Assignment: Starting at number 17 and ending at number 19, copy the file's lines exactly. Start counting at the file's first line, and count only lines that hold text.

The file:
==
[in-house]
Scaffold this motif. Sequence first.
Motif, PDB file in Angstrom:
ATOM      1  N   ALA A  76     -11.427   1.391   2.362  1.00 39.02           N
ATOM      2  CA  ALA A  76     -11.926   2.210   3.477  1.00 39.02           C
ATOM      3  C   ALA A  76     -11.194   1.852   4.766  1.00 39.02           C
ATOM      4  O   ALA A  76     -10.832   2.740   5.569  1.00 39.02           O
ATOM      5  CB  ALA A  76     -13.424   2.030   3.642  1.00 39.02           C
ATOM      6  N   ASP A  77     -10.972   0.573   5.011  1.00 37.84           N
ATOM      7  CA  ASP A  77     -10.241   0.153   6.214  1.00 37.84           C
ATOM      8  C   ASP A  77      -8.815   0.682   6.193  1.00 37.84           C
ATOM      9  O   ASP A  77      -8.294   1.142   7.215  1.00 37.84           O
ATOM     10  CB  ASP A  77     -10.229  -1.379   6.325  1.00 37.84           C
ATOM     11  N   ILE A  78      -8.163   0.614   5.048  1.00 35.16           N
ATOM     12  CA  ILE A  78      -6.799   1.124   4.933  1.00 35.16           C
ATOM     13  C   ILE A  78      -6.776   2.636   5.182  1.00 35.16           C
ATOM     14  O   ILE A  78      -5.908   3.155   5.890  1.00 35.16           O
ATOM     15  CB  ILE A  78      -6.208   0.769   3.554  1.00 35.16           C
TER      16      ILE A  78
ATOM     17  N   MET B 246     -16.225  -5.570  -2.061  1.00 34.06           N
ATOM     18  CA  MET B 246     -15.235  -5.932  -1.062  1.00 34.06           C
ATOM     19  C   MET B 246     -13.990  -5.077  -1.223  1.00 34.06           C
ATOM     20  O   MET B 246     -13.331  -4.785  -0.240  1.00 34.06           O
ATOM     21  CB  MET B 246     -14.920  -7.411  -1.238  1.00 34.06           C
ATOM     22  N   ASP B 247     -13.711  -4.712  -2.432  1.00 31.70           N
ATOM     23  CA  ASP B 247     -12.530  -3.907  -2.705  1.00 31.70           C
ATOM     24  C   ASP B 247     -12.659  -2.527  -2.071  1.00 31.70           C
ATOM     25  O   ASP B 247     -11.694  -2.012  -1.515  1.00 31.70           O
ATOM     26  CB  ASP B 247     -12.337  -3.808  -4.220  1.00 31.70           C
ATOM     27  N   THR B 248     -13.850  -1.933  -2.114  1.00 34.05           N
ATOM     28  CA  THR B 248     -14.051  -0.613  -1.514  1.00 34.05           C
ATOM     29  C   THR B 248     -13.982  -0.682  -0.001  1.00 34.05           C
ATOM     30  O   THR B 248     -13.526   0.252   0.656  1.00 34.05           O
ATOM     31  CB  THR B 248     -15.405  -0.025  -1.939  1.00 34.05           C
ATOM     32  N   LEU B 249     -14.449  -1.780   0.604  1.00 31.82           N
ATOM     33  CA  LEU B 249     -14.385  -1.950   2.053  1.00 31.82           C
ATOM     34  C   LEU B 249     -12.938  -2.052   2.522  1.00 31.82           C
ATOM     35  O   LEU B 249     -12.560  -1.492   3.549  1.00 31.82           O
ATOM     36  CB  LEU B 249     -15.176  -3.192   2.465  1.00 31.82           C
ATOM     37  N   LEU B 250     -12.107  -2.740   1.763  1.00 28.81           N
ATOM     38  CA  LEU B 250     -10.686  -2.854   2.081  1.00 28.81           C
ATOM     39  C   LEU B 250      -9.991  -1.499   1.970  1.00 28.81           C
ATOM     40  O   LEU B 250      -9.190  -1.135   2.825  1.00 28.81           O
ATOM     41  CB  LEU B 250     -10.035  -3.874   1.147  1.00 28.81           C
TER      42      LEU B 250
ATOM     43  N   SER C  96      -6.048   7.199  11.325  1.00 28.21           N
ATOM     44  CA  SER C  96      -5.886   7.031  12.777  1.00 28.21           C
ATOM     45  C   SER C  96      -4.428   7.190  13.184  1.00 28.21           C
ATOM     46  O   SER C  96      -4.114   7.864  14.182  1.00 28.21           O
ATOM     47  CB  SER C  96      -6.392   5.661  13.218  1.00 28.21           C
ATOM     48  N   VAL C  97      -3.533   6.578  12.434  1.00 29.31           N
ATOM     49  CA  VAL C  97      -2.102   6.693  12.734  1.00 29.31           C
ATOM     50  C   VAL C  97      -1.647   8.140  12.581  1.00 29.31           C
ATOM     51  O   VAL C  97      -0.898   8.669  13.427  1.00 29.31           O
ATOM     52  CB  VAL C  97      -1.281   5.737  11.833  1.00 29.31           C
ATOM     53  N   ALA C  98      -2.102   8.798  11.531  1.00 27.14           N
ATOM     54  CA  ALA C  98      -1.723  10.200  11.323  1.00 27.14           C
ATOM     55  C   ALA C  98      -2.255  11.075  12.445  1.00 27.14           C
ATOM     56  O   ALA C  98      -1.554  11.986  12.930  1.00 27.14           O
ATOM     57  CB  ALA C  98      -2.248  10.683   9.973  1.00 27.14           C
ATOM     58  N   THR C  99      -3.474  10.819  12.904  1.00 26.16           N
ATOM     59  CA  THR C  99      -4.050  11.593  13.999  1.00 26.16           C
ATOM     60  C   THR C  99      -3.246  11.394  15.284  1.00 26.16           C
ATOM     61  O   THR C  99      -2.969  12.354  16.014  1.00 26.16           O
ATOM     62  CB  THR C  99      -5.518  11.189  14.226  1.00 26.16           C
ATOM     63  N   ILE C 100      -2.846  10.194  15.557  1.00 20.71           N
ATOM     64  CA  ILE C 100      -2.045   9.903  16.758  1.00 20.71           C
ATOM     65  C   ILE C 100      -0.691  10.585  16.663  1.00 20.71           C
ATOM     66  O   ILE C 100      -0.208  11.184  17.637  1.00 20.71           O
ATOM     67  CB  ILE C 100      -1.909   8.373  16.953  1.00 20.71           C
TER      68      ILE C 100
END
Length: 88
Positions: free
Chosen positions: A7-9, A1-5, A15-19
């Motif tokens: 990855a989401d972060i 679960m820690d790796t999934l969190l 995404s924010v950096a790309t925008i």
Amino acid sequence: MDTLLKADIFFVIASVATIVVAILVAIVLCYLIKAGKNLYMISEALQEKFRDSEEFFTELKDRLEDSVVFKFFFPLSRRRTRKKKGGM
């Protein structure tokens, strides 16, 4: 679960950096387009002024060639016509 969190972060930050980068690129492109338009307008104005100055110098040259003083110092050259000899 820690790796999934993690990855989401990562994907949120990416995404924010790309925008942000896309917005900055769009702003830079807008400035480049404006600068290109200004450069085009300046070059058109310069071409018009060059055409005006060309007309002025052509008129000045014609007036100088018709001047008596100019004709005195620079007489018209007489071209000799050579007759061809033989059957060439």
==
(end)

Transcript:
ATOM     14  O   ILE A  78      -5.908   3.155   5.890  1.00 35.16           O
ATOM     15  CB  ILE A  78      -6.208   0.769   3.554  1.00 35.16           C
TER      16      ILE A  78